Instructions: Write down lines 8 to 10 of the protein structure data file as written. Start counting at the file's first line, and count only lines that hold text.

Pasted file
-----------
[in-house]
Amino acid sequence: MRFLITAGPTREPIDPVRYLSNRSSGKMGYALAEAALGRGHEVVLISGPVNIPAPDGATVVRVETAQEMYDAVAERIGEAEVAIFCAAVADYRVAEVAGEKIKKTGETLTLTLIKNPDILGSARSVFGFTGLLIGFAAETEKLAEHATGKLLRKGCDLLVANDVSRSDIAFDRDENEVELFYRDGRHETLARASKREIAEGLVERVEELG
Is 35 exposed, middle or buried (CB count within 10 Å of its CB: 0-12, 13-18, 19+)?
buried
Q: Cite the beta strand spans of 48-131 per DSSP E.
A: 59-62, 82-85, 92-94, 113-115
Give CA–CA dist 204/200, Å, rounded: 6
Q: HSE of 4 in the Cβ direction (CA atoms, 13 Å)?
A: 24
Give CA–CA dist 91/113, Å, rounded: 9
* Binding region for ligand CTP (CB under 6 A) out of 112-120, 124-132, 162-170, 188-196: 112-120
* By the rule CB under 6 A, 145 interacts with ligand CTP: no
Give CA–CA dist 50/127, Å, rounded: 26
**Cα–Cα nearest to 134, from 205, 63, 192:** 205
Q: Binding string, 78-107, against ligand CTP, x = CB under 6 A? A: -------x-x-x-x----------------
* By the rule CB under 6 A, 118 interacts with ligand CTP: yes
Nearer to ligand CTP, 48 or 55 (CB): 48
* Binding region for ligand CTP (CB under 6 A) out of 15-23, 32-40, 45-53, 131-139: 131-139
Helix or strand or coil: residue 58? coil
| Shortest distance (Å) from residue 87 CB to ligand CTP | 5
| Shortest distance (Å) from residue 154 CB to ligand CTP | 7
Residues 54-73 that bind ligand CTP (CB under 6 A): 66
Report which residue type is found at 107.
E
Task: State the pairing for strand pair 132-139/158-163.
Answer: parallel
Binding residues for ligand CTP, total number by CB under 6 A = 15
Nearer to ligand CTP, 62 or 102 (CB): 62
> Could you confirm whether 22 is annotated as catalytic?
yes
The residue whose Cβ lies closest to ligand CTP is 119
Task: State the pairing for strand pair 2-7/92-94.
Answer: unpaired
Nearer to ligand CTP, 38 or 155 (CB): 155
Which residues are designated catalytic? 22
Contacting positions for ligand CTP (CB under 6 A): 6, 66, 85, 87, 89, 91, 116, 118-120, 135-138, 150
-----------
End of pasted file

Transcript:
Q: HSE of 4 in the Cβ direction (CA atoms, 13 Å)?
A: 24
Give CA–CA dist 91/113, Å, rounded: 9